2) We don't have enough good fixes for what ails the economy, writes Ezra Klein: "The Supreme Court presents a significant challenge to all but the most modest of campaign-finance reforms, and though the wanton deployment of the filibuster has rendered both parties nearly incapable of governing, there’s little congressional support for reforms that would allow majorities to actually pass the policies they’ve promised voters. And even if the magic wand could be waved and the blockages of Washington lifted, we would still be far from solving our economic problems. Think tanks fairly burst with good ideas for changing the tax code and improving the health-care system and rebuilding our infrastructure. But when it comes to explaining why, exactly, median incomes have stagnated for decades and what, exactly, we can do about it, the conversation gets a little quieter."
3) We can save the environment by changing how businesses operate, write Al Gore and David Blood: "Before the crisis and since, we and others have called for a more responsible form of capitalism, what we call sustainable capitalism: a framework that seeks to maximize long-term economic value by reforming markets to address real needs while integrating environmental, social and governance (ESG) metrics throughout the decision-making process. Such sustainable capitalism applies to the entire investment value chain--from entrepreneurial ventures to large public companies, seed-capital providers to institutional investors, employees to CEOs, activists to policy makers. It transcends borders, industries, asset classes and stakeholders...Companies and investors that integrate sustainability into their business practices are finding that it enhances profitability over the longer term."
4) The FDA should be an independent agency, writes Daniel Carpenter: "The unilateral decision last week by Kathleen Sebelius, the secretary of health and human services, to block the Plan B One-Step contraceptive pill from being sold to adolescents without a prescription is shocking in more ways than one. Not only was it unexpected, but for the first time in American history, a cabinet secretary -- and by extension, a president -- has overruled a drug-approval decision by the Food and Drug Administration. The precedent risks placing the real power for drug approval not just with a cabinet secretary, but with the White House itself. The only solution, then, is to make the F.D.A. truly independent. Americans have already done this, through the Federal Reserve, to protect our money supply from political meddling; it’s time to do it for drugs."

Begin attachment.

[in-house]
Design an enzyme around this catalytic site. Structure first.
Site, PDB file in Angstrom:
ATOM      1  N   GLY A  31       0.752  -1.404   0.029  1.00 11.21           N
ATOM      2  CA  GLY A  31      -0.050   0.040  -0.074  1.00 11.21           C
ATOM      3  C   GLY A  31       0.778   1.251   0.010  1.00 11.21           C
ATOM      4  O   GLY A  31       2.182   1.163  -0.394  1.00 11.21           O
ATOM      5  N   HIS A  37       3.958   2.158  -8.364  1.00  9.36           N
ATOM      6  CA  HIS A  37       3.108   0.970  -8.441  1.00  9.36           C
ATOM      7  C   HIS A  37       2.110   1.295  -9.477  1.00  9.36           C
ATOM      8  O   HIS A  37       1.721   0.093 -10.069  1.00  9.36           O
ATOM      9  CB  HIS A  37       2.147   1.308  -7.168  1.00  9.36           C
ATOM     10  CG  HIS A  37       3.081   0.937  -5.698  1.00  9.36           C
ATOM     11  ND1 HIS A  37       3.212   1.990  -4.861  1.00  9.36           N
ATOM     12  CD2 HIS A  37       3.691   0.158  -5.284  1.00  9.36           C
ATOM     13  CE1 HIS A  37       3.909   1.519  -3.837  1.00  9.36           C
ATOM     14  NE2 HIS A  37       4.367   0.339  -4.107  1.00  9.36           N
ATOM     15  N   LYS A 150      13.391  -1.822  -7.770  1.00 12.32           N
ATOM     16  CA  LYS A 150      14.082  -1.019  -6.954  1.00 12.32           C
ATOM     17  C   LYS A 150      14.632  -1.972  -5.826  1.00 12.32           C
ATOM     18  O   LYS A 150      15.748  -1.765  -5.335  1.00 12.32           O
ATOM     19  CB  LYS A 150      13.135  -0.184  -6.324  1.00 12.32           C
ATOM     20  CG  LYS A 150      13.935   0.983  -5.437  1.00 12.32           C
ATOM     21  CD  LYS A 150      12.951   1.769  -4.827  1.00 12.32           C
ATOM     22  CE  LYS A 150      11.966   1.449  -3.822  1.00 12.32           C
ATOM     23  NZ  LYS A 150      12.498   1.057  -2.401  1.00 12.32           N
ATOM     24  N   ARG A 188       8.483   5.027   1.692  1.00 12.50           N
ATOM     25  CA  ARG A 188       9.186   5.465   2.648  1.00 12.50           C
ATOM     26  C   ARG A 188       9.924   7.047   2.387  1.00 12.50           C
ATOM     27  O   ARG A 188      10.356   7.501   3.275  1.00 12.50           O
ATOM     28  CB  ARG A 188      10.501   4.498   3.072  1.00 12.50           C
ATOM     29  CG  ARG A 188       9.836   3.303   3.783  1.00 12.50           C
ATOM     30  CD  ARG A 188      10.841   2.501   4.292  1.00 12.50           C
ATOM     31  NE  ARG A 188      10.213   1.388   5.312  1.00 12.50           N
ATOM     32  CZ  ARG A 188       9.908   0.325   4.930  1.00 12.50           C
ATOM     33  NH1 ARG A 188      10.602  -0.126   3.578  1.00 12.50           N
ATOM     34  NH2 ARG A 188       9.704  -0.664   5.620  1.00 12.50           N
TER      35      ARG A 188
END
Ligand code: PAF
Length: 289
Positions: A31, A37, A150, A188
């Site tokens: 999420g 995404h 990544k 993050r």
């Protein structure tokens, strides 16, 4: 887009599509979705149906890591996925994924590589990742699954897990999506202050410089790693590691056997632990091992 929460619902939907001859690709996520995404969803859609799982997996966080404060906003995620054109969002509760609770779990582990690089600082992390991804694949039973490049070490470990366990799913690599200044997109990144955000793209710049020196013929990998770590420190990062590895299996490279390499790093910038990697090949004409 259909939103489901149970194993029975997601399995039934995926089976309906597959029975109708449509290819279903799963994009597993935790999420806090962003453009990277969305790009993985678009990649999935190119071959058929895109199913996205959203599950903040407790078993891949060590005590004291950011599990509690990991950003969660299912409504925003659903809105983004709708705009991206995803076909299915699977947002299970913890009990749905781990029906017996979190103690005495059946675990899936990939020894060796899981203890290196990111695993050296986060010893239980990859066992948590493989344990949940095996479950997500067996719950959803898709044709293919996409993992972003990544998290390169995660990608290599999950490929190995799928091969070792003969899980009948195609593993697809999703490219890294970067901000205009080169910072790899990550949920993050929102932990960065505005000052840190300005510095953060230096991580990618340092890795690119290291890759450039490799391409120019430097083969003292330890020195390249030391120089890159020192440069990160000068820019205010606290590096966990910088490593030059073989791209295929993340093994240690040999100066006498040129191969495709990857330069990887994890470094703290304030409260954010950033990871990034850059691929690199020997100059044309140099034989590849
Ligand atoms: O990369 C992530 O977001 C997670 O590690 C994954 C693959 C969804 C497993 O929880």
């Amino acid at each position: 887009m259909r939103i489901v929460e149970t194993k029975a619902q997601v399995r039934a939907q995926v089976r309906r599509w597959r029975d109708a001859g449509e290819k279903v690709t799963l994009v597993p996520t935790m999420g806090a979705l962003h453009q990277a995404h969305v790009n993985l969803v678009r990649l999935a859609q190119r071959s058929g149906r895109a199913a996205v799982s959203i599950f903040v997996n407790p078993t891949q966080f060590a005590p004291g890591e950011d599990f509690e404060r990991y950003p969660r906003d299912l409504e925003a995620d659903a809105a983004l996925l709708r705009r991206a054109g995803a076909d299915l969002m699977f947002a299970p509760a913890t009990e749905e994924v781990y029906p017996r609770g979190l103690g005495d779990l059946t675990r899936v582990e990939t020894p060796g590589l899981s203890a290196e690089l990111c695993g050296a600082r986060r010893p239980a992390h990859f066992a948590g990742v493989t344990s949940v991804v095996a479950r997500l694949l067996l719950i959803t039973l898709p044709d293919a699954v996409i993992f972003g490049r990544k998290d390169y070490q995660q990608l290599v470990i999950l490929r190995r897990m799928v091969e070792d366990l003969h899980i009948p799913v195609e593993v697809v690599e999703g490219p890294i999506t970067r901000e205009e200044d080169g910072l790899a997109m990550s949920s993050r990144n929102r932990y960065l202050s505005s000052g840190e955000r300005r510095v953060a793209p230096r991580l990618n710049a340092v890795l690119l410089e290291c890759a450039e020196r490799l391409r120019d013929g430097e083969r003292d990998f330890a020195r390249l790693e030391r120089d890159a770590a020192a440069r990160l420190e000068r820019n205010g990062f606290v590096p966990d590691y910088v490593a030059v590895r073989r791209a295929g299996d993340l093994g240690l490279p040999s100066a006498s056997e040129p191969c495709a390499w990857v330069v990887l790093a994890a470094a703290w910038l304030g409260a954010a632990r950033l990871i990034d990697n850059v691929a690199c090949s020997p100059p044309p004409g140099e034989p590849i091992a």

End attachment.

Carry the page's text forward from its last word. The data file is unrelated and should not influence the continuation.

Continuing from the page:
Cover song interlude: Ryan Adams plays "Blue Thunder" by Galaxie 500.
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Still to come: Britain's veto of the proposed EU treaty change is drawing fire; the House passed a doc fix; the House and Senate have agreed on defense cuts; a grand jury is looking into Solyndra; and the cutest Taekwondo fight you'll ever see.
Britain's veto of an EU proposal is drawing criticism, reports Anthony Faiola: "European Commission President Jose Manuel Barroso said London’s refusal to compromise left the rest of Europe no choice but to move ahead without it, while another official warned that Britain...must still submit to regional regulations, like it or not. The comments underscored the widespread resentment in Europe over Prime Minister David Cameron’s decision Friday to veto a summit deal for a new treaty among the 27 E.U. members. The deal would have, among other things, outlined strict, enforceable limits on government spending and borrowing throughout the bloc. Cameron’s opposition left 26 E.U. nations agreeing to form a new treaty without Britain’s participation, and sparked a political firestorm in London. Cameron’s deputy prime minister said that the move risked making Britain 'a pygmy' in the world by isolating it from the rest of Europe."